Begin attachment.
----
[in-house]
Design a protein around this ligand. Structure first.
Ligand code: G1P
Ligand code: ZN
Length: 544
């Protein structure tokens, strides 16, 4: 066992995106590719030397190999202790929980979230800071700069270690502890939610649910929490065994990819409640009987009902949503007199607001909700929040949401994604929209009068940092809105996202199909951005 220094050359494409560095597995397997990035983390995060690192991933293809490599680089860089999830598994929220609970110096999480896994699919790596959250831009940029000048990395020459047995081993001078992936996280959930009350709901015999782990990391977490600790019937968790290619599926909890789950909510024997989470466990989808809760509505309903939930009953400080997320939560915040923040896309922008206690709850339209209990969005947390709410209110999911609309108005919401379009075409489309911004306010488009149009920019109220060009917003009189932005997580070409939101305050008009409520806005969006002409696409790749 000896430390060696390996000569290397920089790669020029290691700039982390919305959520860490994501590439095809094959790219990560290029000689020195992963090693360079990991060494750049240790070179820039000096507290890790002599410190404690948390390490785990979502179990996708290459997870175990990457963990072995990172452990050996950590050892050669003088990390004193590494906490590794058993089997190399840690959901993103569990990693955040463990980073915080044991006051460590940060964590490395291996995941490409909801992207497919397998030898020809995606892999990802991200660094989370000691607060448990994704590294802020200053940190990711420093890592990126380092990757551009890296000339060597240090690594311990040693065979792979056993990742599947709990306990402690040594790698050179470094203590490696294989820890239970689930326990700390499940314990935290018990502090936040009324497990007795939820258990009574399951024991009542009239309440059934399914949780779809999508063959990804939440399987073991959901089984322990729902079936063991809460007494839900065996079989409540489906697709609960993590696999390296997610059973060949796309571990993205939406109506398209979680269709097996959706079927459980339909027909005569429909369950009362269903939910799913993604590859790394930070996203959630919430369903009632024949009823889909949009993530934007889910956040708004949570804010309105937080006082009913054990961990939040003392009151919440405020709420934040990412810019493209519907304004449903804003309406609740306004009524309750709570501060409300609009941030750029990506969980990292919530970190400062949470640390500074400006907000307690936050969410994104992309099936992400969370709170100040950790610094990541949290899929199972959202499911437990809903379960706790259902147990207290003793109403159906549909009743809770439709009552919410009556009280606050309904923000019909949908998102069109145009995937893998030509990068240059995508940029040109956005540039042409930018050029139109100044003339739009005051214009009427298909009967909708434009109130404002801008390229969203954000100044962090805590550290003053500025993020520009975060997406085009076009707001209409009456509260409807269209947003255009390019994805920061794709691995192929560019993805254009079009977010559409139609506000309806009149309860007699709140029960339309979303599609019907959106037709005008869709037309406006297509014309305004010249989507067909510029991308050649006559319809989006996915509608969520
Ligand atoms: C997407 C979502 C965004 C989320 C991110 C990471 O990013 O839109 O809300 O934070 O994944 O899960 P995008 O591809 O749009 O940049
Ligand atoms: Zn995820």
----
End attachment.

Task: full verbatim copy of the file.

[in-house]
Design a protein around this ligand. Structure first.
Ligand code: G1P
Ligand code: ZN
Length: 544
């Protein structure tokens, strides 16, 4: 066992995106590719030397190999202790929980979230800071700069270690502890939610649910929490065994990819409640009987009902949503007199607001909700929040949401994604929209009068940092809105996202199909951005 220094050359494409560095597995397997990035983390995060690192991933293809490599680089860089999830598994929220609970110096999480896994699919790596959250831009940029000048990395020459047995081993001078992936996280959930009350709901015999782990990391977490600790019937968790290619599926909890789950909510024997989470466990989808809760509505309903939930009953400080997320939560915040923040896309922008206690709850339209209990969005947390709410209110999911609309108005919401379009075409489309911004306010488009149009920019109220060009917003009189932005997580070409939101305050008009409520806005969006002409696409790749 000896430390060696390996000569290397920089790669020029290691700039982390919305959520860490994501590439095809094959790219990560290029000689020195992963090693360079990991060494750049240790070179820039000096507290890790002599410190404690948390390490785990979502179990996708290459997870175990990457963990072995990172452990050996950590050892050669003088990390004193590494906490590794058993089997190399840690959901993103569990990693955040463990980073915080044991006051460590940060964590490395291996995941490409909801992207497919397998030898020809995606892999990802991200660094989370000691607060448990994704590294802020200053940190990711420093890592990126380092990757551009890296000339060597240090690594311990040693065979792979056993990742599947709990306990402690040594790698050179470094203590490696294989820890239970689930326990700390499940314990935290018990502090936040009324497990007795939820258990009574399951024991009542009239309440059934399914949780779809999508063959990804939440399987073991959901089984322990729902079936063991809460007494839900065996079989409540489906697709609960993590696999390296997610059973060949796309571990993205939406109506398209979680269709097996959706079927459980339909027909005569429909369950009362269903939910799913993604590859790394930070996203959630919430369903009632024949009823889909949009993530934007889910956040708004949570804010309105937080006082009913054990961990939040003392009151919440405020709420934040990412810019493209519907304004449903804003309406609740306004009524309750709570501060409300609009941030750029990506969980990292919530970190400062949470640390500074400006907000307690936050969410994104992309099936992400969370709170100040950790610094990541949290899929199972959202499911437990809903379960706790259902147990207290003793109403159906549909009743809770439709009552919410009556009280606050309904923000019909949908998102069109145009995937893998030509990068240059995508940029040109956005540039042409930018050029139109100044003339739009005051214009009427298909009967909708434009109130404002801008390229969203954000100044962090805590550290003053500025993020520009975060997406085009076009707001209409009456509260409807269209947003255009390019994805920061794709691995192929560019993805254009079009977010559409139609506000309806009149309860007699709140029960339309979303599609019907959106037709005008869709037309406006297509014309305004010249989507067909510029991308050649006559319809989006996915509608969520
Ligand atoms: C997407 C979502 C965004 C989320 C991110 C990471 O990013 O839109 O809300 O934070 O994944 O899960 P995008 O591809 O749009 O940049
Ligand atoms: Zn995820």